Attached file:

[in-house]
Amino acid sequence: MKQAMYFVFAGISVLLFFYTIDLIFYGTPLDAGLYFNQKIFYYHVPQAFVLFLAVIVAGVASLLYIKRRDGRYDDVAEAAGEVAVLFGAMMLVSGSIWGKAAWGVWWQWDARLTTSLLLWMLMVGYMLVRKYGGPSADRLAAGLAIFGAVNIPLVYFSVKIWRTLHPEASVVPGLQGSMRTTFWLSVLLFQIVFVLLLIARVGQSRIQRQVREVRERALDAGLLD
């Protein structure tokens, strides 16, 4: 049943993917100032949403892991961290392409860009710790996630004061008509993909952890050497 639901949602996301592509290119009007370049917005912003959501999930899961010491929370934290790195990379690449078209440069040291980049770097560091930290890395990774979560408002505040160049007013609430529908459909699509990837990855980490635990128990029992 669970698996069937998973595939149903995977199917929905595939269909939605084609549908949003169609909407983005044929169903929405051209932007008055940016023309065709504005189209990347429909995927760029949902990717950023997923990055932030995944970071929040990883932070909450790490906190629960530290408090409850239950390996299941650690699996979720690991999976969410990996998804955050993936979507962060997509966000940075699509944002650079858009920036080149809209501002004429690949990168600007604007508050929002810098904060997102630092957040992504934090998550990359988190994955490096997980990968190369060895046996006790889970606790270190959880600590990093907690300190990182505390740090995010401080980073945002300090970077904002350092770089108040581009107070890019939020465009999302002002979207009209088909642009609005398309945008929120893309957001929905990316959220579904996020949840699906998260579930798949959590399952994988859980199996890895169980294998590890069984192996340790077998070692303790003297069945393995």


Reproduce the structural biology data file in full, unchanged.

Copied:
[in-house]
Amino acid sequence: MKQAMYFVFAGISVLLFFYTIDLIFYGTPLDAGLYFNQKIFYYHVPQAFVLFLAVIVAGVASLLYIKRRDGRYDDVAEAAGEVAVLFGAMMLVSGSIWGKAAWGVWWQWDARLTTSLLLWMLMVGYMLVRKYGGPSADRLAAGLAIFGAVNIPLVYFSVKIWRTLHPEASVVPGLQGSMRTTFWLSVLLFQIVFVLLLIARVGQSRIQRQVREVRERALDAGLLD
């Protein structure tokens, strides 16, 4: 049943993917100032949403892991961290392409860009710790996630004061008509993909952890050497 639901949602996301592509290119009007370049917005912003959501999930899961010491929370934290790195990379690449078209440069040291980049770097560091930290890395990774979560408002505040160049007013609430529908459909699509990837990855980490635990128990029992 669970698996069937998973595939149903995977199917929905595939269909939605084609549908949003169609909407983005044929169903929405051209932007008055940016023309065709504005189209990347429909995927760029949902990717950023997923990055932030995944970071929040990883932070909450790490906190629960530290408090409850239950390996299941650690699996979720690991999976969410990996998804955050993936979507962060997509966000940075699509944002650079858009920036080149809209501002004429690949990168600007604007508050929002810098904060997102630092957040992504934090998550990359988190994955490096997980990968190369060895046996006790889970606790270190959880600590990093907690300190990182505390740090995010401080980073945002300090970077904002350092770089108040581009107070890019939020465009999302002002979207009209088909642009609005398309945008929120893309957001929905990316959220579904996020949840699906998260579930798949959590399952994988859980199996890895169980294998590890069984192996340790077998070692303790003297069945393995």